If you were in the market for a true-blue Aussie beach experience, you didn’t need to look any further than Watson x Watson, Somer and Liberty Watson’s young upstart line. “It’s when you go to the beach and your hair soaks up the elements like salt and it grows in texture,” Redken hair director Philip Barwick explained of the saturated strands that were pulled back into a half-up bun. “The shape comes from when you get out of the water and brush it off your face and the ends of the hair are blown out and windy.” The makeup here was similarly summery, inspired by the pink zinc that was a popular staple for eighties-era teen queens. To prevent the look from becoming too juvenile, Maybelline artists added a touch of glamour via bronzed contours and a clean base.
We Are Handsome
“[It] references the relationship that Guy Bourdin and Charles Jourdan had,” stylist Jolyon Mason explained of the direction for the swimwear label’s presentation, which manifested itself into a preference for the photographer’s beloved jewel-toned smoky eyes, high-blush contours, and shiny red lips. Fluffy seventies disco hair and tanned limbs, courtesy of St. Tropez, rounded out the homage, which got a small dose of the here and now via crazy and colorful nail decals from Rock Beauty London.
Michael Lo Sordo
Michael Lo Sordo loves geometry. The designer (who was recently nominated as a finalist for the Australian Woolmark Prize) kept his hair-and-makeup look sleek, simple, and contoured for Spring but asked his face-painting team to add a few, er, points of interest: blue triangles were painted onto models’ temples to serve as “futuristic beauty spots,” rather than architectural cat-eyes, as was the case when a similar technique was employed backstage at Erdem for Fall 2012.
At first glance, the beauty look at Shakuhachi was a little Givenchy Spring 2012, but makeup artist Natasha Severino’s references had nothing to do with the underwater theme Riccardo Tisci honed three seasons ago. “My brief was ‘techno chic,’ ” she explained backstage. “There were a lot of metallics and prints in the collection, and the silhouettes were almost raver. We wanted something to offset the metallic fabrics and shoes, so we decided to go with a white pigment powder overlaid with a glitter.” To add a touch of “glitz,” Severino stuck a single Swarovski Crystal underneath the lower lash line to provide an “extra ping” as models walked down the runway.
By the time the fashion pack arrives at Miu Miu, the unofficial finish line of a marathon month of shows, exhaustion and a certain degree of elation set in—the latter of which was enhanced by Miuccia Prada’s fun, colorful collection yesterday. Equally inspired were the adorable pigtail knots Guido Palau delivered backstage. “The coats are very heavy and very stylistic, and Miuccia wanted a ‘small head,’ ” Palau said, using the industry term for sleek, close-to-the-scalp coifs, reimagined here with two “little bunches” secured below models’ ears. Prepping hair with Redken Hardwear 16 Super Strong Gel for a “very shiny” finish, Palau carved out deep side parts and separated strands into two sections, which he tightly braided and secured into little balls above the nape of the neck. “It’s very cute,” he concluded. And how.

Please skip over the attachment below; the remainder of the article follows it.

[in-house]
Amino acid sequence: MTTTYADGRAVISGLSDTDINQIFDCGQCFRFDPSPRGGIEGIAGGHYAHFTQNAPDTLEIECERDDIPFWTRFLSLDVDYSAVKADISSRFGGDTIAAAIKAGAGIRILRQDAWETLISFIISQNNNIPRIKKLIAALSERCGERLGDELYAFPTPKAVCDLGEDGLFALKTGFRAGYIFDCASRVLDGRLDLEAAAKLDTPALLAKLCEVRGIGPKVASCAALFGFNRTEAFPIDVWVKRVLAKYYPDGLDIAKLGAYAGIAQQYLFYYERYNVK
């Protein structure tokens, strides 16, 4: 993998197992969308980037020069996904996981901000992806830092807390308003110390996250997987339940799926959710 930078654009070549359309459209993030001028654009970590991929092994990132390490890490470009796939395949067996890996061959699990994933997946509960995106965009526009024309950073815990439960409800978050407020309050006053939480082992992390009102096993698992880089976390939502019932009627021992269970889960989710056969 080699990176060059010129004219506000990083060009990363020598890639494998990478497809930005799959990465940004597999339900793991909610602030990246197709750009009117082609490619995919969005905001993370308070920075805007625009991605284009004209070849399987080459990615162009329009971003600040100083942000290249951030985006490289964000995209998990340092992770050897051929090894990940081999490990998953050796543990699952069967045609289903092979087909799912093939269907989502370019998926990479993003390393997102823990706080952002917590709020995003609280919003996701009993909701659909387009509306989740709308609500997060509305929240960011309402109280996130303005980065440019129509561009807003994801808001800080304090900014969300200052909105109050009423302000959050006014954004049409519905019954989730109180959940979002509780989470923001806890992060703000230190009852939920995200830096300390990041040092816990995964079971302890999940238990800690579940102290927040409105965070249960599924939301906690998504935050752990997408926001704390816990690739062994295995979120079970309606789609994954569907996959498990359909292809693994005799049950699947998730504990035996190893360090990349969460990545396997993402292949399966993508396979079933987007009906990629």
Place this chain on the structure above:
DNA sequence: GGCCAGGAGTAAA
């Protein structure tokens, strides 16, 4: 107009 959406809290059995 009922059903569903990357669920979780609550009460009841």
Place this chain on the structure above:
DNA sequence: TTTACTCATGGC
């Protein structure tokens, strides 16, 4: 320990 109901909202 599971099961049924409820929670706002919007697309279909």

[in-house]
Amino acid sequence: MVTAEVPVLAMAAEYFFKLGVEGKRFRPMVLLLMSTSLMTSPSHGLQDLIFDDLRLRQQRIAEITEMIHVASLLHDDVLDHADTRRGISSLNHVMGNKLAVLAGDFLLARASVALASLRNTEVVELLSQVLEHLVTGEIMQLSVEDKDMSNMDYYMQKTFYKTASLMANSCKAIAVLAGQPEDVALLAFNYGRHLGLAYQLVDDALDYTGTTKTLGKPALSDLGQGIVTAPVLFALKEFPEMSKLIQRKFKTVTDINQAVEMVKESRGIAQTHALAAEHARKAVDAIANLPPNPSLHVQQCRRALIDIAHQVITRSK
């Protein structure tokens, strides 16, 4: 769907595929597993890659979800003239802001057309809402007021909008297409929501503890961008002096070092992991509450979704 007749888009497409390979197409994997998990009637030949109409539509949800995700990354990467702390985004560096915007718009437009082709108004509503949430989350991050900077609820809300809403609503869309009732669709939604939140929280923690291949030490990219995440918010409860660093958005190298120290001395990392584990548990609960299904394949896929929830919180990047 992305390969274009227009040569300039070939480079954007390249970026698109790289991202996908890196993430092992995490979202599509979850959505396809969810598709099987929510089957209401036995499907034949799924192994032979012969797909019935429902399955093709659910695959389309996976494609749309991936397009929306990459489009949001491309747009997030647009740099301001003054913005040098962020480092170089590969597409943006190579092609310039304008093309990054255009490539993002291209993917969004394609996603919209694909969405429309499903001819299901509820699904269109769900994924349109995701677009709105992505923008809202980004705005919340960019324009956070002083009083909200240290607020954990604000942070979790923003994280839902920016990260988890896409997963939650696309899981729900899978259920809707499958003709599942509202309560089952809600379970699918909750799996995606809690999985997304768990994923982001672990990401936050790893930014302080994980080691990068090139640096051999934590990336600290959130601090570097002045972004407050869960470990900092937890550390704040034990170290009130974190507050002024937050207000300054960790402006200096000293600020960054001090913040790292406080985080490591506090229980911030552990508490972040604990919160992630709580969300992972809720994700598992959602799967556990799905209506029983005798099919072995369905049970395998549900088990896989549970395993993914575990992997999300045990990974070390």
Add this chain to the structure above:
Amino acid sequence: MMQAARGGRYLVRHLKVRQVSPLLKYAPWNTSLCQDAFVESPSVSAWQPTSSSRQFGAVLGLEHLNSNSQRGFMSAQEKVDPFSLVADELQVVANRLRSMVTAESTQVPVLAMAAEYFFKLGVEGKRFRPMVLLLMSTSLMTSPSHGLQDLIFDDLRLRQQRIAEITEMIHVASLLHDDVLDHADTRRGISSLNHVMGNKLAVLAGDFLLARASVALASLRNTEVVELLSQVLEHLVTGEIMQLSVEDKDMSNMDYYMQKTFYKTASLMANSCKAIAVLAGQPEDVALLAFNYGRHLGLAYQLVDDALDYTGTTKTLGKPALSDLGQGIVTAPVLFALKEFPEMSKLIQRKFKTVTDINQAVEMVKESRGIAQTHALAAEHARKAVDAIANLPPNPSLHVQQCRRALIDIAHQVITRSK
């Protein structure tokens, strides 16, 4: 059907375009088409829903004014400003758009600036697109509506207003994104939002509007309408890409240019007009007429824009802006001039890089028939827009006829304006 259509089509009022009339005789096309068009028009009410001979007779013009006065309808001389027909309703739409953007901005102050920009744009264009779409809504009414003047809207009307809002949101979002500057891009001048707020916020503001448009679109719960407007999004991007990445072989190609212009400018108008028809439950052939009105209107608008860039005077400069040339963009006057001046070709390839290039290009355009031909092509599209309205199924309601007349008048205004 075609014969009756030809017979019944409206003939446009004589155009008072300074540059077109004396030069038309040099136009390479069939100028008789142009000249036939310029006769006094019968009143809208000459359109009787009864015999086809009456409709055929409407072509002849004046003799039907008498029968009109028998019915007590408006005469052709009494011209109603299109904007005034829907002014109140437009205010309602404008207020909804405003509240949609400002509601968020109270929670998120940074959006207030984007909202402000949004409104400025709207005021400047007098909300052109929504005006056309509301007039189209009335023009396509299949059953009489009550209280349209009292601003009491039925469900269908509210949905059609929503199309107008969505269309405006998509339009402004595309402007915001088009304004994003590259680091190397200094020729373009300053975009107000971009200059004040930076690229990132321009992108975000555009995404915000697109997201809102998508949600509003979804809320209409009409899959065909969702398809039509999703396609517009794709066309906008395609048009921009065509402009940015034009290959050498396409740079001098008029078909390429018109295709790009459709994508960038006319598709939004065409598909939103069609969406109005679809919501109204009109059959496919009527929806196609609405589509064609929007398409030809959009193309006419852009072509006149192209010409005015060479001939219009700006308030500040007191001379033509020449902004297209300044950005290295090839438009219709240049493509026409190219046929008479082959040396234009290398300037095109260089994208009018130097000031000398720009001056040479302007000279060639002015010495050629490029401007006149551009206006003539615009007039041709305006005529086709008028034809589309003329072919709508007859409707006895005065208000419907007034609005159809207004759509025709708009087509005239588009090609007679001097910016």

“The braid is part of the language of the beauty here,” Guido Palau said backstage at Valentino—a language, it should be noted, that has garnered almost as much attention as Maria Grazia Chiuri and Pierpaolo Piccioli’s gorgeous collections for this house. (Red-carpet watchers will fondly remember the plaited coronets Palau constructed four seasons ago that made a seamless—and well-documented—transition off the runway.) “They really understand what women want with beauty,” Palau continued, explaining the design duo’s low-on-product, high-on-accessibility aesthetic—the “I could look like that” factor that comes with the soft, pure, innocent styles they so often request.
For Fall, Palau prepped strands with Redken’s Satinwear 02 Ultimate Blow-Dry Lotion before devising a center part and weaving a simple three-section braid through extended lengths that were slung over models’ left shoulders. Referencing Flemish painters, as well as nodding to the seventies and Victoriana, he fastened a thick black leather band around the head and over the ears for a “monastic” touch.
Pat McGrath worked off Vermeer’s Girl With a Pearl Earring portrait that the designers showed her for inspiration, focusing her attention on creating “a softness but a realness” to the face. “There’s always a certain level of color here,” she pointed out, going through a greatest-hits backlog of her work for Chiuri and Piccioli, which has included exquisite lavender and gray contours in the past. This season, although nails were lacquered with two glossy coats of cherry-red polish, McGrath was working with peach, rose, and beige hues that she traced through the crease of eyes, swiped across cheeks, and blotted onto lips, often layering with foundation to “tone everything down.” Powdering complexions to give them the matte, velvety, “put-together” finish we’ve seen so much of this week, McGrath added brown mascara just at the roots of lashes for subtle definition.